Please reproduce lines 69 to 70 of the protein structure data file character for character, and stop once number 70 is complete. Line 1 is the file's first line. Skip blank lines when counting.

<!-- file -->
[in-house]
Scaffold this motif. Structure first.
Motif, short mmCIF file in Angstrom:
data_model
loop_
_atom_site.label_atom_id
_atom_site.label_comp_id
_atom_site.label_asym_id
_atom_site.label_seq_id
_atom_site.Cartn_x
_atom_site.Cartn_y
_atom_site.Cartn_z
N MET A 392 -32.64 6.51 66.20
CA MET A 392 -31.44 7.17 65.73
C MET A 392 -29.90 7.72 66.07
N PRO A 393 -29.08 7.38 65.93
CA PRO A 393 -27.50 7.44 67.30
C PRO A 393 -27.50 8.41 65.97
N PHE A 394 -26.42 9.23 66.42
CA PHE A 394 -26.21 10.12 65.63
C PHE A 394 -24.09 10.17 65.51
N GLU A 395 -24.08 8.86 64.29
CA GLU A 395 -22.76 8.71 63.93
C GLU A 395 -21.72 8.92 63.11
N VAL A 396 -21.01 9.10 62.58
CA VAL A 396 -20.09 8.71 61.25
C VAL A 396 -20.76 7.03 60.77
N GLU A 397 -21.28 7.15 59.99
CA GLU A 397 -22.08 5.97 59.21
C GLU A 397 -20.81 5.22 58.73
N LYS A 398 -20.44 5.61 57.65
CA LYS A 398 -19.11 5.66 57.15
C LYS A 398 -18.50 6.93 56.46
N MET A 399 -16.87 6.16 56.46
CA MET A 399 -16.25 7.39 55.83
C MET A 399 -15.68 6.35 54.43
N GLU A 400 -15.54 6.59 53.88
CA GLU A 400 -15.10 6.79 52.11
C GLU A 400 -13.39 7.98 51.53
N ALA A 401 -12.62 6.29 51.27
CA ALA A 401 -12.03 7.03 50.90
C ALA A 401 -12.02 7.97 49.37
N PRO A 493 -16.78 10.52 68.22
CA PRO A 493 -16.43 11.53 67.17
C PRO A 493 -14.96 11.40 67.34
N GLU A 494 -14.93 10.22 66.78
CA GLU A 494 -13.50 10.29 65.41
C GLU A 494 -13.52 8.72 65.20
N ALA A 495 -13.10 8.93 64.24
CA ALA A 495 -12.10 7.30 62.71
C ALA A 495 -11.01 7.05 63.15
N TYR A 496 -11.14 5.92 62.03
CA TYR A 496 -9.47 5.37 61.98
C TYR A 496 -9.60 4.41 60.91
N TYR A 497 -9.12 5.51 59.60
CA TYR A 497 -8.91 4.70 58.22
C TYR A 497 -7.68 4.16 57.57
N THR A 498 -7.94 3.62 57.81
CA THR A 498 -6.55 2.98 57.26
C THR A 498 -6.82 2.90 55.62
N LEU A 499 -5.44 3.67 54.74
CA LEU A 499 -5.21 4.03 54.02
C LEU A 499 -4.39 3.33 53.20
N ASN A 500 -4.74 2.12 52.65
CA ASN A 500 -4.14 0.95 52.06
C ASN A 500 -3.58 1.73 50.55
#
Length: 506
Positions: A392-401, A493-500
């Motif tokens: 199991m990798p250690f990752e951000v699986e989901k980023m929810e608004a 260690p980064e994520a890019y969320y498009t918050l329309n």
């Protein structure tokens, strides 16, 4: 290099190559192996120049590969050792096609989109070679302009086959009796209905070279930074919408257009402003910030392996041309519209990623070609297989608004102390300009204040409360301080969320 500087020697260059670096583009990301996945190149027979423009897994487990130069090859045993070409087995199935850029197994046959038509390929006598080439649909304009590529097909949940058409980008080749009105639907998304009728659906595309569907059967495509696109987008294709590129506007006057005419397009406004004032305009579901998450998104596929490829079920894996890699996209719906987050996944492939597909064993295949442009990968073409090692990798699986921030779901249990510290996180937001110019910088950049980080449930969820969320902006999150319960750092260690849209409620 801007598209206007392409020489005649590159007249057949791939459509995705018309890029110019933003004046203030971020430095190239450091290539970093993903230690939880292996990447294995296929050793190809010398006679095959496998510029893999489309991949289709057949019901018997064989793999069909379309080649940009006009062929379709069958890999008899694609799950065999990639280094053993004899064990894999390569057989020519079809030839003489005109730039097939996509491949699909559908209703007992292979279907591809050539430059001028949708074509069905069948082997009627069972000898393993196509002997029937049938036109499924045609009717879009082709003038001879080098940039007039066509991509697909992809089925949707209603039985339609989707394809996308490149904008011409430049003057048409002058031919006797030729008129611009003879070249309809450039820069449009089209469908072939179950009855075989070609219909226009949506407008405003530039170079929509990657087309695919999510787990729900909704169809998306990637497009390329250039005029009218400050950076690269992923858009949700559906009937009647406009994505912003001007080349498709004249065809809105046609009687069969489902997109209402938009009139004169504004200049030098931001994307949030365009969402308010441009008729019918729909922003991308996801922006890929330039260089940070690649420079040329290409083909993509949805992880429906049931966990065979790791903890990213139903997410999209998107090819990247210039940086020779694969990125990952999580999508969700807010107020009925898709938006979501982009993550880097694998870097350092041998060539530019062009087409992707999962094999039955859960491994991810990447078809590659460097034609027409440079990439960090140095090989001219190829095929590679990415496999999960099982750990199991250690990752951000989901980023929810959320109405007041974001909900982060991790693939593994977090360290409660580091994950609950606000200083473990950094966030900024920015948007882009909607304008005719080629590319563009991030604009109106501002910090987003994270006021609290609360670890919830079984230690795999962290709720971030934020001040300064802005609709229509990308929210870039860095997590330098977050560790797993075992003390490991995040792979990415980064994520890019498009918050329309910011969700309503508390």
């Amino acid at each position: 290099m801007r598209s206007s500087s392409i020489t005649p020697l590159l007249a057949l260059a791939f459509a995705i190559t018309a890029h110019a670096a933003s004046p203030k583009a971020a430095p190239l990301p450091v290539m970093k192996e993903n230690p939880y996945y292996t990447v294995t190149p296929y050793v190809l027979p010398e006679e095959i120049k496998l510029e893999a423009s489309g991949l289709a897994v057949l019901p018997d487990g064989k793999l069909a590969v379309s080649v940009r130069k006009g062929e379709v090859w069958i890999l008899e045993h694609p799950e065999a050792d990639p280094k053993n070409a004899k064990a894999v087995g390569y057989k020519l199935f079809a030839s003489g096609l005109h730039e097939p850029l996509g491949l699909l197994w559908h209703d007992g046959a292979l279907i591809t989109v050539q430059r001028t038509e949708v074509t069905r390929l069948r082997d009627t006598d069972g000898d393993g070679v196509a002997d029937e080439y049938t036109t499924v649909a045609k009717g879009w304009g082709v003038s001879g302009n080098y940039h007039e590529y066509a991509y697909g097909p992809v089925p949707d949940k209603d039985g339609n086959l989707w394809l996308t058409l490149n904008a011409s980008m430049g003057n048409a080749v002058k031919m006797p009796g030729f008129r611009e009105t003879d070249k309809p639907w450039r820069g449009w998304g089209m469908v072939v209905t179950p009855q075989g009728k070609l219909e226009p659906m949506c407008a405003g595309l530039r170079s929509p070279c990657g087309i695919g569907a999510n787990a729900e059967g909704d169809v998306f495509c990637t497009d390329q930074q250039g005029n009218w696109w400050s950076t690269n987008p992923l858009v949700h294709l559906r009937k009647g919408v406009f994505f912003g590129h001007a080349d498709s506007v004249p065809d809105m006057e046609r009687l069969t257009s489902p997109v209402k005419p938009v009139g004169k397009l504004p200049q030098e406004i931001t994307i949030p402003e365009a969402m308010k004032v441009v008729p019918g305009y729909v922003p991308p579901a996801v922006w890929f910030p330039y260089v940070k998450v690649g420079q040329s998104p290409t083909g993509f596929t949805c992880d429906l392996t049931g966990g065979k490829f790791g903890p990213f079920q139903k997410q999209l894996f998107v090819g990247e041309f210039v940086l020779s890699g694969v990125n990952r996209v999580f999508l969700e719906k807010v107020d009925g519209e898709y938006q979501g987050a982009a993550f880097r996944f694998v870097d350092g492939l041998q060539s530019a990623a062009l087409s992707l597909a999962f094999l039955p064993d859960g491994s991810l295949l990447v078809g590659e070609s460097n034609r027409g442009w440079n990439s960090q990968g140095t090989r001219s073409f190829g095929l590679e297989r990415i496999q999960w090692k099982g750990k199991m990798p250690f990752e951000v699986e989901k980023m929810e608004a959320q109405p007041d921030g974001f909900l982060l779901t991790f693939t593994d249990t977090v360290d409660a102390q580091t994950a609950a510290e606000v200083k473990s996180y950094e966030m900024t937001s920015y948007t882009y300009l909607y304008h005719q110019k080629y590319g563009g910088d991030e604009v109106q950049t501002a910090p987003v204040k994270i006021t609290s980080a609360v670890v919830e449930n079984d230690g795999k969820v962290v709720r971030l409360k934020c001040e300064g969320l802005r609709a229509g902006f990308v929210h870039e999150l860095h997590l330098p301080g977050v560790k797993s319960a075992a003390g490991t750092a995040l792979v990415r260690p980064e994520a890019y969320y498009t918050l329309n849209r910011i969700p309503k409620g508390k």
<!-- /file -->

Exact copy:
Positions: A392-401, A493-500
């Motif tokens: 199991m990798p250690f990752e951000v699986e989901k980023m929810e608004a 260690p980064e994520a890019y969320y498009t918050l329309n």